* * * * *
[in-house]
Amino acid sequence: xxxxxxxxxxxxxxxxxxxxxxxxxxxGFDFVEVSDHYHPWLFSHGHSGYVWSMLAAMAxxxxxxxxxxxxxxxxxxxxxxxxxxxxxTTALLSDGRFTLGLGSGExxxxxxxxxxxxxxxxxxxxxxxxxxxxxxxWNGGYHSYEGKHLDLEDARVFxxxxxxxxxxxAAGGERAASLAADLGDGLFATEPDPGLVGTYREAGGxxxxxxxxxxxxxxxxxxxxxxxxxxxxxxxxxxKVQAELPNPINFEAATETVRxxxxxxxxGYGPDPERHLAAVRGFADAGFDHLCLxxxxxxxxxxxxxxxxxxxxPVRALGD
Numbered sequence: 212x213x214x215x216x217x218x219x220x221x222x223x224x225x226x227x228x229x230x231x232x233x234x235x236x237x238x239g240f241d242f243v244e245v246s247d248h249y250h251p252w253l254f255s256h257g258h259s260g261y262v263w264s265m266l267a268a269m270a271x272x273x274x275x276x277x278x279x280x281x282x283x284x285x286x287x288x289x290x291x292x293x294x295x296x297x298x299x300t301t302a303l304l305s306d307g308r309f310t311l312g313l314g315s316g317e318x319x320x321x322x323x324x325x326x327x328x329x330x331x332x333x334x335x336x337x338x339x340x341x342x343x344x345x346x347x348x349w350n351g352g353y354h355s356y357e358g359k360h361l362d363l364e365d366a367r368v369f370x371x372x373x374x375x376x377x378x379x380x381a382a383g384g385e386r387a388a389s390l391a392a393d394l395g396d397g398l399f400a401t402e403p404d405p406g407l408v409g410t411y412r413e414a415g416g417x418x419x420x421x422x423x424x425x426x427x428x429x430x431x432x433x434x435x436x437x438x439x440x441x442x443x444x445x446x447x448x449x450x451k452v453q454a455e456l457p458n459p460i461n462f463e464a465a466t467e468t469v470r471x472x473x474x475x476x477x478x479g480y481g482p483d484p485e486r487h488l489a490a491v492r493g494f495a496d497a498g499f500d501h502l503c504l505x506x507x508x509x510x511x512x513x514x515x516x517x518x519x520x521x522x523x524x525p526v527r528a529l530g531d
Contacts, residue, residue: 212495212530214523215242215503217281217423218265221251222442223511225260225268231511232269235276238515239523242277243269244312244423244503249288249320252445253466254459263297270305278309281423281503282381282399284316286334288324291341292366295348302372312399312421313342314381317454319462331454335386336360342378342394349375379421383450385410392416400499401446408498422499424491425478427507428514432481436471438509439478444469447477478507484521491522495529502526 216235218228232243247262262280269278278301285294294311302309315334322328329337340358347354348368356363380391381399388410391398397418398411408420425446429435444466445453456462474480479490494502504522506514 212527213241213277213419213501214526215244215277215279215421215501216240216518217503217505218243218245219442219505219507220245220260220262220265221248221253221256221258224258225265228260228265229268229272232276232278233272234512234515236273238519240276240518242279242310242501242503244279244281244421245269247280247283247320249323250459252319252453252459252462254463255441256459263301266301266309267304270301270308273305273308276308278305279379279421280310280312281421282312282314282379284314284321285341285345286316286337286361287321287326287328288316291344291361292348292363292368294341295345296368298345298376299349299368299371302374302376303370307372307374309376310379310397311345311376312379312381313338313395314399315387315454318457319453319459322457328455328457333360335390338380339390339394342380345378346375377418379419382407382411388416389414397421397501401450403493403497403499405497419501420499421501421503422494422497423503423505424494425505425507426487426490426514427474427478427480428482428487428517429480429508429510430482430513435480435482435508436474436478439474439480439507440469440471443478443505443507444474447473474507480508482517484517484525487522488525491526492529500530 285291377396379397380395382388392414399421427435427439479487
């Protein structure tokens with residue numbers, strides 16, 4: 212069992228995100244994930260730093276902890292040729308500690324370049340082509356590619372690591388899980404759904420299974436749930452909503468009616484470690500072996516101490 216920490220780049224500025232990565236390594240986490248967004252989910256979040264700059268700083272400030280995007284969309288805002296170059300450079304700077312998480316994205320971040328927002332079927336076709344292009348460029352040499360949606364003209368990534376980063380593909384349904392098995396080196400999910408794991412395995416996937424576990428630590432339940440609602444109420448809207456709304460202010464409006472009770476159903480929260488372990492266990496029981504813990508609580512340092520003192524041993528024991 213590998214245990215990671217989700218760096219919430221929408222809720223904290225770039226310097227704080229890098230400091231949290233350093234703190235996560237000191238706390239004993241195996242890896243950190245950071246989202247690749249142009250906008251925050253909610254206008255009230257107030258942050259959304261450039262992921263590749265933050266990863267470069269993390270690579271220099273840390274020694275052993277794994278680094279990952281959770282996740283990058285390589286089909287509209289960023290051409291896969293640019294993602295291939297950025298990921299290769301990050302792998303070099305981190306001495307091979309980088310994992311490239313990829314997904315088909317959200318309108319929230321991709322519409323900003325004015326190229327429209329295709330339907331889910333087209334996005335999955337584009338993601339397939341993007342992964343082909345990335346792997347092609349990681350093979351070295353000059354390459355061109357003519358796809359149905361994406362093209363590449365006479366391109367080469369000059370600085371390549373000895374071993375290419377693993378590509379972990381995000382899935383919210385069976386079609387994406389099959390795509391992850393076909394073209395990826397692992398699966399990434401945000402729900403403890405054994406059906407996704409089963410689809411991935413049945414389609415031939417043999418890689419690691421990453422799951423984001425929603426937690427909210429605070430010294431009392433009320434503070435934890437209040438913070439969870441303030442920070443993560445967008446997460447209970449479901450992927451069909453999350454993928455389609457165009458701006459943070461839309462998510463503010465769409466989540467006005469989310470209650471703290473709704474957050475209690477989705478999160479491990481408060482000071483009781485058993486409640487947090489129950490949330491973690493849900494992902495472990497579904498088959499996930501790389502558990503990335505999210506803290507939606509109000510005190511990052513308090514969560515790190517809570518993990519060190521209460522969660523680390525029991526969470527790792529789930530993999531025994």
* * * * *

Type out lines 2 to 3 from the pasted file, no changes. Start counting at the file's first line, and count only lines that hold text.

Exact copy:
Amino acid sequence: xxxxxxxxxxxxxxxxxxxxxxxxxxxGFDFVEVSDHYHPWLFSHGHSGYVWSMLAAMAxxxxxxxxxxxxxxxxxxxxxxxxxxxxxTTALLSDGRFTLGLGSGExxxxxxxxxxxxxxxxxxxxxxxxxxxxxxxWNGGYHSYEGKHLDLEDARVFxxxxxxxxxxxAAGGERAASLAADLGDGLFATEPDPGLVGTYREAGGxxxxxxxxxxxxxxxxxxxxxxxxxxxxxxxxxxKVQAELPNPINFEAATETVRxxxxxxxxGYGPDPERHLAAVRGFADAGFDHLCLxxxxxxxxxxxxxxxxxxxxPVRALGD
Numbered sequence: 212x213x214x215x216x217x218x219x220x221x222x223x224x225x226x227x228x229x230x231x232x233x234x235x236x237x238x239g240f241d242f243v244e245v246s247d248h249y250h251p252w253l254f255s256h257g258h259s260g261y262v263w264s265m266l267a268a269m270a271x272x273x274x275x276x277x278x279x280x281x282x283x284x285x286x287x288x289x290x291x292x293x294x295x296x297x298x299x300t301t302a303l304l305s306d307g308r309f310t311l312g313l314g315s316g317e318x319x320x321x322x323x324x325x326x327x328x329x330x331x332x333x334x335x336x337x338x339x340x341x342x343x344x345x346x347x348x349w350n351g352g353y354h355s356y357e358g359k360h361l362d363l364e365d366a367r368v369f370x371x372x373x374x375x376x377x378x379x380x381a382a383g384g385e386r387a388a389s390l391a392a393d394l395g396d397g398l399f400a401t402e403p404d405p406g407l408v409g410t411y412r413e414a415g416g417x418x419x420x421x422x423x424x425x426x427x428x429x430x431x432x433x434x435x436x437x438x439x440x441x442x443x444x445x446x447x448x449x450x451k452v453q454a455e456l457p458n459p460i461n462f463e464a465a466t467e468t469v470r471x472x473x474x475x476x477x478x479g480y481g482p483d484p485e486r487h488l489a490a491v492r493g494f495a496d497a498g499f500d501h502l503c504l505x506x507x508x509x510x511x512x513x514x515x516x517x518x519x520x521x522x523x524x525p526v527r528a529l530g531d